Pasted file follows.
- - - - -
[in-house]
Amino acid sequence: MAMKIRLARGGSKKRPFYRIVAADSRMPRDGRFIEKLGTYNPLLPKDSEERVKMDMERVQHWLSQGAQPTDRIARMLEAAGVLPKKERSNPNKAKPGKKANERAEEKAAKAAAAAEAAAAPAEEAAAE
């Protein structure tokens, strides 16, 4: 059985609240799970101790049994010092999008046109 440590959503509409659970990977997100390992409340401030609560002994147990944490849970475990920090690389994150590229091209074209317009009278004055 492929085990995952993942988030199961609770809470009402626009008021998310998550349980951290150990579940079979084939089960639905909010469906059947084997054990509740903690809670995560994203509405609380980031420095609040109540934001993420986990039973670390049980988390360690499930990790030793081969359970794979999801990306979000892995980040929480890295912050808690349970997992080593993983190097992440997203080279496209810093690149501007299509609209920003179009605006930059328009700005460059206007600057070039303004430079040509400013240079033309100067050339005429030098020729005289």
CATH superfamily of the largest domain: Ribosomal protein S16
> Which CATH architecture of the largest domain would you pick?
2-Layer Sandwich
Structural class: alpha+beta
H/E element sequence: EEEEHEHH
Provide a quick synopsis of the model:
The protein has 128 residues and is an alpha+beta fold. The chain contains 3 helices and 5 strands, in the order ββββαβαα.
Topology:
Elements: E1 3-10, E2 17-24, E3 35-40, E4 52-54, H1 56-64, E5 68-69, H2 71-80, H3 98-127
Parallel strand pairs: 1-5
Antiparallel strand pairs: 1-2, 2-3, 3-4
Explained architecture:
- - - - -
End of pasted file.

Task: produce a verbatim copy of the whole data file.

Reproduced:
[in-house]
Amino acid sequence: MAMKIRLARGGSKKRPFYRIVAADSRMPRDGRFIEKLGTYNPLLPKDSEERVKMDMERVQHWLSQGAQPTDRIARMLEAAGVLPKKERSNPNKAKPGKKANERAEEKAAKAAAAAEAAAAPAEEAAAE
């Protein structure tokens, strides 16, 4: 059985609240799970101790049994010092999008046109 440590959503509409659970990977997100390992409340401030609560002994147990944490849970475990920090690389994150590229091209074209317009009278004055 492929085990995952993942988030199961609770809470009402626009008021998310998550349980951290150990579940079979084939089960639905909010469906059947084997054990509740903690809670995560994203509405609380980031420095609040109540934001993420986990039973670390049980988390360690499930990790030793081969359970794979999801990306979000892995980040929480890295912050808690349970997992080593993983190097992440997203080279496209810093690149501007299509609209920003179009605006930059328009700005460059206007600057070039303004430079040509400013240079033309100067050339005429030098020729005289």
CATH superfamily of the largest domain: Ribosomal protein S16
> Which CATH architecture of the largest domain would you pick?
2-Layer Sandwich
Structural class: alpha+beta
H/E element sequence: EEEEHEHH
Provide a quick synopsis of the model:
The protein has 128 residues and is an alpha+beta fold. The chain contains 3 helices and 5 strands, in the order ββββαβαα.
Topology:
Elements: E1 3-10, E2 17-24, E3 35-40, E4 52-54, H1 56-64, E5 68-69, H2 71-80, H3 98-127
Parallel strand pairs: 1-5
Antiparallel strand pairs: 1-2, 2-3, 3-4
Explained architecture: